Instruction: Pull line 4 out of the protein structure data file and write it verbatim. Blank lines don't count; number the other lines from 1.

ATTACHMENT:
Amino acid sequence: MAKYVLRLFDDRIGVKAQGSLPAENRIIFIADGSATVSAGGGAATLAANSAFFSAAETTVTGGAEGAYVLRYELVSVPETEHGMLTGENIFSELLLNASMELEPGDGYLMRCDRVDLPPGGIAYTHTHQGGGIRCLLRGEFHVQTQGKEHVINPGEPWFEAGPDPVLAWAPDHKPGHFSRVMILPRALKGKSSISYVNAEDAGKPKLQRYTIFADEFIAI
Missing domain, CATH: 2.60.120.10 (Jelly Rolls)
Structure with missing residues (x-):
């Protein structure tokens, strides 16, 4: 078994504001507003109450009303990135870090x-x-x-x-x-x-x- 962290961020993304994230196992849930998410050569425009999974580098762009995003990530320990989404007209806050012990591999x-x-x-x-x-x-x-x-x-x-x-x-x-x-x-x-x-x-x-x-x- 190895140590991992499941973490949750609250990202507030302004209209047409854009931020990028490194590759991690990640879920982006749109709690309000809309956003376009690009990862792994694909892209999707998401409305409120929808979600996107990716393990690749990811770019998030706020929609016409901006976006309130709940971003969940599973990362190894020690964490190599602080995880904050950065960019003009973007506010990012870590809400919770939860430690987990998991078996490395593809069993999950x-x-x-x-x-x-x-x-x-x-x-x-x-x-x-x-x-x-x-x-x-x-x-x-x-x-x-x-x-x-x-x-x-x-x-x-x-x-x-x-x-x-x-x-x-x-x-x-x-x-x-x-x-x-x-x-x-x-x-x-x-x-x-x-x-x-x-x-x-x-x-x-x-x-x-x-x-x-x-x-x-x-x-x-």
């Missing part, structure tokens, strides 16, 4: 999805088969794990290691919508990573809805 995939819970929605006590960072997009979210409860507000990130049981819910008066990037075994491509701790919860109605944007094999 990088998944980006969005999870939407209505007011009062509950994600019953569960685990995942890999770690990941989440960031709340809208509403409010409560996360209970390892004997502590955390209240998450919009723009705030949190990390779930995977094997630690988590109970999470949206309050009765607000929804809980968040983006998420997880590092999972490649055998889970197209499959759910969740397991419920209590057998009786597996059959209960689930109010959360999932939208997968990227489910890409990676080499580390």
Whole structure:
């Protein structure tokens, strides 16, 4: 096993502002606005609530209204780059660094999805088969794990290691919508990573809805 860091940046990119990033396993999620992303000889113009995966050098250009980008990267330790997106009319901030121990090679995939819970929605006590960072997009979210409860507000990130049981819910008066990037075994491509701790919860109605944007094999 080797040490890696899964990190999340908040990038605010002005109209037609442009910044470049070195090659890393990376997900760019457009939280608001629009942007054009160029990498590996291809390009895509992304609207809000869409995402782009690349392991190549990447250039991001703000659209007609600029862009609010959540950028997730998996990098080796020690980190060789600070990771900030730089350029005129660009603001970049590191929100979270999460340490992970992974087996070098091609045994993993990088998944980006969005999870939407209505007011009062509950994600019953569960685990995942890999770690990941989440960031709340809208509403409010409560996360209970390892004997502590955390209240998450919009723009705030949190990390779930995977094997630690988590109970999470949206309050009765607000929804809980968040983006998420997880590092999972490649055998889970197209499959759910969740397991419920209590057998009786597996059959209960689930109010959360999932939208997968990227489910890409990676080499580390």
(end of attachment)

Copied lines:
């Protein structure tokens, strides 16, 4: 078994504001507003109450009303990135870090x-x-x-x-x-x-x- 962290961020993304994230196992849930998410050569425009999974580098762009995003990530320990989404007209806050012990591999x-x-x-x-x-x-x-x-x-x-x-x-x-x-x-x-x-x-x-x-x- 190895140590991992499941973490949750609250990202507030302004209209047409854009931020990028490194590759991690990640879920982006749109709690309000809309956003376009690009990862792994694909892209999707998401409305409120929808979600996107990716393990690749990811770019998030706020929609016409901006976006309130709940971003969940599973990362190894020690964490190599602080995880904050950065960019003009973007506010990012870590809400919770939860430690987990998991078996490395593809069993999950x-x-x-x-x-x-x-x-x-x-x-x-x-x-x-x-x-x-x-x-x-x-x-x-x-x-x-x-x-x-x-x-x-x-x-x-x-x-x-x-x-x-x-x-x-x-x-x-x-x-x-x-x-x-x-x-x-x-x-x-x-x-x-x-x-x-x-x-x-x-x-x-x-x-x-x-x-x-x-x-x-x-x-x-």